Aesthetics – Sometimes you just want to hide the APs – and in that situation, an external antenna can be easier to hide than a whole AP. But also bear in mind that most APs now also have BLE functionality, and the BLE antennas are still inside the APs even if the Wi-Fi antenna is external. So if BLE is a design consideration, keep that in mind. You can also hide APs (or antennas) by skinning them (printable automotive vinyl wrap is great for this), painting them (if the manufacturer allows this, just make sure you use nonmetallic paint), a paintable cover (Aruba offers matching paintable covers for almost all of its indoor APs) – I haven’t tried it, but I wouldn’t be surprised if you could also hydro-dip the covers or the radomes. You can also hide APs in an enclosure such as the Oberon 1019-RM or otherwise camouflage them (See previous post: Hiding In Plain Sight). But one thing you don’t want to do is put them all being the acoustic panels where they all have line of sight to each other, as this will screw with 802.11k as well as automatic channel/power algorithms like AirMatch. This is the same as putting your APs above the ceiling tiles.

What about 802.11ax?

802.11ax (“WiFi 6”) brings a few airtime efficiencies to the table, but that will mostly manifest itself with the low traffic clients that don’t need to use the full data payload of a frame. High traffic clients will typically use all the RUs available in a single transmission, so our airtime usage calculations should not assume any OFDMA gains. BSS coloring (see above) may also be useful.

What about MU-MIMO?

Even if you have devices that support it (rare in 802.11ac, required for 802.11ax), MU-MIMO frames don’t really happen all that often in the real world, so planning your capacity around being able to use it is not a great idea. If you can somehow get MU-MIMO, then you’ll see some more efficient airtime usage. Again, we can’t count on this, so our capacity calculations should assume it isn’t happening.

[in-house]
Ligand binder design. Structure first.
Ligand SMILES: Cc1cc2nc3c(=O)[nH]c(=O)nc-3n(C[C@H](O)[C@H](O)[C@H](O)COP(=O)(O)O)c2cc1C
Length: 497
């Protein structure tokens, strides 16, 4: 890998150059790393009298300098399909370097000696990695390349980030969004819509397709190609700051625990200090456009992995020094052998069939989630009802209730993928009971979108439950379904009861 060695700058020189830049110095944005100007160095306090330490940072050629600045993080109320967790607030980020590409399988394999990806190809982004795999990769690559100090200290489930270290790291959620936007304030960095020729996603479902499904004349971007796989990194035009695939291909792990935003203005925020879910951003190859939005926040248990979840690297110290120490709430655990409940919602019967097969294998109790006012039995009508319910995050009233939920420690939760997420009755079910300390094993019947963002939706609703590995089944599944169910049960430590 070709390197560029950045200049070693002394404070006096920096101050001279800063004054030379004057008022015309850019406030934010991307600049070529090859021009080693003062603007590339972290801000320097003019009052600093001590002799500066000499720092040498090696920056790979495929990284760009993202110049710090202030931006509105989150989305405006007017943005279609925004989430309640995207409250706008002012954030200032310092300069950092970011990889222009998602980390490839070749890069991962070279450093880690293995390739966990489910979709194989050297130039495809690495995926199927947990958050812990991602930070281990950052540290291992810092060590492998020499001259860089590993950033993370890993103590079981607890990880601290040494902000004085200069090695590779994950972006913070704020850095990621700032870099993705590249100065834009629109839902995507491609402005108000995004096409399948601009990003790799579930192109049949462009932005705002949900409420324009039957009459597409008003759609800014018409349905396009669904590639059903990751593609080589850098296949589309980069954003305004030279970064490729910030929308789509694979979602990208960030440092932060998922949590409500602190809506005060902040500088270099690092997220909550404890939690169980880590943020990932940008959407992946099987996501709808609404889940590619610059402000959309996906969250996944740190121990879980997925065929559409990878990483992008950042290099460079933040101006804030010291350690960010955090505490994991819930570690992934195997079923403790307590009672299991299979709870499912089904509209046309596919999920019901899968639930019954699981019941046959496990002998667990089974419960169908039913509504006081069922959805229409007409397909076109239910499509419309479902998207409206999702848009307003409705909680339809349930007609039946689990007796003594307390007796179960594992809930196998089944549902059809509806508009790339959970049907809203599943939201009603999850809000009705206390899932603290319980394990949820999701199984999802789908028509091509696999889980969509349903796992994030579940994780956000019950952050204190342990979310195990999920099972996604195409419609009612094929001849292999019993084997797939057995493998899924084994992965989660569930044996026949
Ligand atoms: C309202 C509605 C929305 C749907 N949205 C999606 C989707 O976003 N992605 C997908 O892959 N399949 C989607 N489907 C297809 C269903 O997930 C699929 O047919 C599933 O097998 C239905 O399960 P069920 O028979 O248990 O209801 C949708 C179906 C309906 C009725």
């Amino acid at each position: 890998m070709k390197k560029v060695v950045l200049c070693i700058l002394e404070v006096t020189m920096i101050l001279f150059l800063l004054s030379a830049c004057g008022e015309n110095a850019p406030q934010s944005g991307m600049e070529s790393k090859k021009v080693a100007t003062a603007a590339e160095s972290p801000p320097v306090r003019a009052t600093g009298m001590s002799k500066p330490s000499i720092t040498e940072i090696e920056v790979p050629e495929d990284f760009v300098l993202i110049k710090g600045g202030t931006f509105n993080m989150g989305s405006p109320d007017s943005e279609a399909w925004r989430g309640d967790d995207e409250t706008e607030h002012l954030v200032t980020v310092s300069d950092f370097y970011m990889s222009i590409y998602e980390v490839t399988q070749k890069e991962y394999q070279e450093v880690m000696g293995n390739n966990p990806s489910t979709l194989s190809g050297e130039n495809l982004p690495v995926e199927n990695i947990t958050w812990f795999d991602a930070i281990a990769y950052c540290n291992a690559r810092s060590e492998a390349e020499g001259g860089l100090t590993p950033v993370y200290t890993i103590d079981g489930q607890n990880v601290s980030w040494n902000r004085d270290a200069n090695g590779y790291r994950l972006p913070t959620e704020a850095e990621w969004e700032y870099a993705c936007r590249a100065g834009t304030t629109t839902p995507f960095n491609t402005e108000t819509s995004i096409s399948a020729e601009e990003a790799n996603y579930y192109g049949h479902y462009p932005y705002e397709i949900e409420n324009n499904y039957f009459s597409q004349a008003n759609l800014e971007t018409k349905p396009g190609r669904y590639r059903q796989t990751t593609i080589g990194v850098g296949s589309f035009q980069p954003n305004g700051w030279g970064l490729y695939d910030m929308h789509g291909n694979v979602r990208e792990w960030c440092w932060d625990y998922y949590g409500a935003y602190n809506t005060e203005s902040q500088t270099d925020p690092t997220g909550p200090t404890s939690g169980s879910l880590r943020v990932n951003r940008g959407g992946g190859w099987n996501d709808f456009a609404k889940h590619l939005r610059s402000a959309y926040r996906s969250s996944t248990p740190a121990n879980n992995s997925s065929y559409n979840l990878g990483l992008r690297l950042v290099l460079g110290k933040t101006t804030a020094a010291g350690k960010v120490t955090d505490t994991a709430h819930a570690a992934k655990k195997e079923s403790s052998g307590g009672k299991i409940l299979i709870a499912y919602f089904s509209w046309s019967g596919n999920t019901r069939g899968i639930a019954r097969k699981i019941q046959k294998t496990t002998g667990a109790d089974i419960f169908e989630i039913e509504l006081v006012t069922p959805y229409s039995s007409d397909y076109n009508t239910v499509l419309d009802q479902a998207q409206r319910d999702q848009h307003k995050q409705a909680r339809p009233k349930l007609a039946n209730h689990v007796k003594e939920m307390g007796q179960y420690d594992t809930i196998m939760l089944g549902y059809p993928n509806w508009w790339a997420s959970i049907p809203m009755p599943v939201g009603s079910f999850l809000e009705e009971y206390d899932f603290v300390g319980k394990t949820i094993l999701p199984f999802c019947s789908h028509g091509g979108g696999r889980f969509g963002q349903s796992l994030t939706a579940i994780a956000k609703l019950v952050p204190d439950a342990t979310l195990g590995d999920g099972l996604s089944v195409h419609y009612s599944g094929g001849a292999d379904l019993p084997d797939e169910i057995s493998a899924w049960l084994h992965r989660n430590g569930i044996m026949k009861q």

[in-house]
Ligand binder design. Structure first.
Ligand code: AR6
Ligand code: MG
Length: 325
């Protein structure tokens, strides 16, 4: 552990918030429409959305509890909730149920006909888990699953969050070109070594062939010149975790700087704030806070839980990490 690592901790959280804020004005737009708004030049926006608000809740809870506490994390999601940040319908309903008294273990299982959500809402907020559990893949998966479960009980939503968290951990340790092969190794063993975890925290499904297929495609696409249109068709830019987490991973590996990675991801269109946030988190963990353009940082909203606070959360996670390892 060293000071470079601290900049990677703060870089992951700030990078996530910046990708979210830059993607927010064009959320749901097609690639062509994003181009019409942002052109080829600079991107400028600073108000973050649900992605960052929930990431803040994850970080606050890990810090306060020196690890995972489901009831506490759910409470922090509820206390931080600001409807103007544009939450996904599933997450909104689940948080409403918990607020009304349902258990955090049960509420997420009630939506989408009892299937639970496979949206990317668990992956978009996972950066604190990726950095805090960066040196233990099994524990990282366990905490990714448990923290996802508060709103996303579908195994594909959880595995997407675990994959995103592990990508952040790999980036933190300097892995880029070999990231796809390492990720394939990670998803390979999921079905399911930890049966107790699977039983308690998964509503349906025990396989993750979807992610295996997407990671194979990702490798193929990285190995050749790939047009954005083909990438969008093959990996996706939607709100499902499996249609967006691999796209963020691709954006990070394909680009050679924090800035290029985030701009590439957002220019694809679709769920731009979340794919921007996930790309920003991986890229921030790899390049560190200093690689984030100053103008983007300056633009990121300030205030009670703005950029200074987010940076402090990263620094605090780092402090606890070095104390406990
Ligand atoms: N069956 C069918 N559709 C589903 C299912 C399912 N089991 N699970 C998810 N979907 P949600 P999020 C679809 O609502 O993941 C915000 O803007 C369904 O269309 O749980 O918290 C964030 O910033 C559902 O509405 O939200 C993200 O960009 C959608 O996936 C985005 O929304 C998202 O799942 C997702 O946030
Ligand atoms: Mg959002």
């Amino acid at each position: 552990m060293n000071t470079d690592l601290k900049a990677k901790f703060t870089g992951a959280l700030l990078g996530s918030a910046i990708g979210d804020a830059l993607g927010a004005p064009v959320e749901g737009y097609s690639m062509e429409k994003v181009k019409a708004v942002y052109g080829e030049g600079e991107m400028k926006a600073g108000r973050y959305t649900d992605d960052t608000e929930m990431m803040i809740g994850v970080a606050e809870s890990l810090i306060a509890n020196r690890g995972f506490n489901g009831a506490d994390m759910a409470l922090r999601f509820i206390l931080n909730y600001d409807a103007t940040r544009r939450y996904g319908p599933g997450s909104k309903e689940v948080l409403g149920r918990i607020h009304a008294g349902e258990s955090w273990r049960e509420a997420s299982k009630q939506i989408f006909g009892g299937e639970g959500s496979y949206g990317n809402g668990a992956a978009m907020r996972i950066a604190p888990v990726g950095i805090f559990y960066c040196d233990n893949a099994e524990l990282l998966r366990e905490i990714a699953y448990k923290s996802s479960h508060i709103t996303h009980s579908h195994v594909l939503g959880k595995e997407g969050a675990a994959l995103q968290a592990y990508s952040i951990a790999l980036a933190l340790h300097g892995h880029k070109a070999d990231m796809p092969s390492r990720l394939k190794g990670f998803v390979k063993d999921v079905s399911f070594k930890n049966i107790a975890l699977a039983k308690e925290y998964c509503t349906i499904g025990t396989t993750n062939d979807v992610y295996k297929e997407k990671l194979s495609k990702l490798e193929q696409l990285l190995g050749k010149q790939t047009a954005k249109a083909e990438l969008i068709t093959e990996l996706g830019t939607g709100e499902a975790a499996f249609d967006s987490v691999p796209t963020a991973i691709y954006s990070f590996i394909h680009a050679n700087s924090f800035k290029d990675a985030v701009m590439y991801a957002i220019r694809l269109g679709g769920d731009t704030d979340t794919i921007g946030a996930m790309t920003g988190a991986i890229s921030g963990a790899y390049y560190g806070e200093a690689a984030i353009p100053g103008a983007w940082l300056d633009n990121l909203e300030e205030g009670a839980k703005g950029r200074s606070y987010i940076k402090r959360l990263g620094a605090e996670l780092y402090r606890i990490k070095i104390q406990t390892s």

What about 6 GHz?

6 GHz is pretty simple – you get to add more lots more spectrum, which directly translates to more capacity/throughput. It seems likely at this point that most vendors will release some kind of tri-radio/tri-band access point that will simply add the ability to run a 6 GHz channel, so you would simply calculate the additional capacity as additional APs and swap them out when the APs become available. But also consider that client support may not be fully available for a few years, so when you run your calculations, do them for 5GHz only and then treat 6GHz as a supplemental capability. If you’re running a dozen 5 GHz APs with 40 MHz channels, you can use those same 12 APs with 80 MHz channels on 6 GHz and the higher throughput alone should encourage any 6 GHz capable client device to choose the 6 GHz connection. Band steering without the band steering.

6GHz Wi-Fi Spectrum (Image Credit: Wireless LAN Professionals)

What about 2.4 GHz?

Leave it. Pretend it doesn’t exist. An auditorium full of people is going to be chock full of Bluetooth signals from wearables and wireless earphones (not to mention an increasing number of hearing aids). There’s also a lot of A/V stuff that lives in 2.4 that you just don’t want to worry about either. If you’re unable to convince the theatrical engineers to integrate with your existing infrastructure, you may also want to leave one 20MHz channel on 5GHz for them (165 is easy). And you only gain 60 MHz of spectrum, at the expense of a lot of headache.

tl;dr

Planning your auditorium capacity isn’t just a matter of taking the vendor specs and multiplying it by a certain number of APs per seat. There’s much more detailed engineering and calculation involved, and if it’s not something you’re comfortable doing or you don’t understand the numbers, hire a pro who can do the engineering for you – it’s going to be a lot cheaper than buying the wrong thing several times over…

Additional Resources

Props and Shout-Outs

Thanks to the following people who contributed their expertise and knowledge to this post:

Aruba AP Provisioning

As part of trying to wrap my own head around the various profile dependencies in actually provisioning an Aruba AP , I’ve mapped it out. This is the <stuff> that goes into this process:

provision-ap
read-bootinfo {wired-mac|ip-addr|ap-name} <data>
<stuff>
reprovision {serial|wired-mac|ip-addr|ap-name} <data>

As you go to provision an AP, start on the outside of this map and work your way in. This will make sure that all the various profiles you need are in place. The web UI hides some of this stuff from you and doesn’t organize it as logically as one might expect.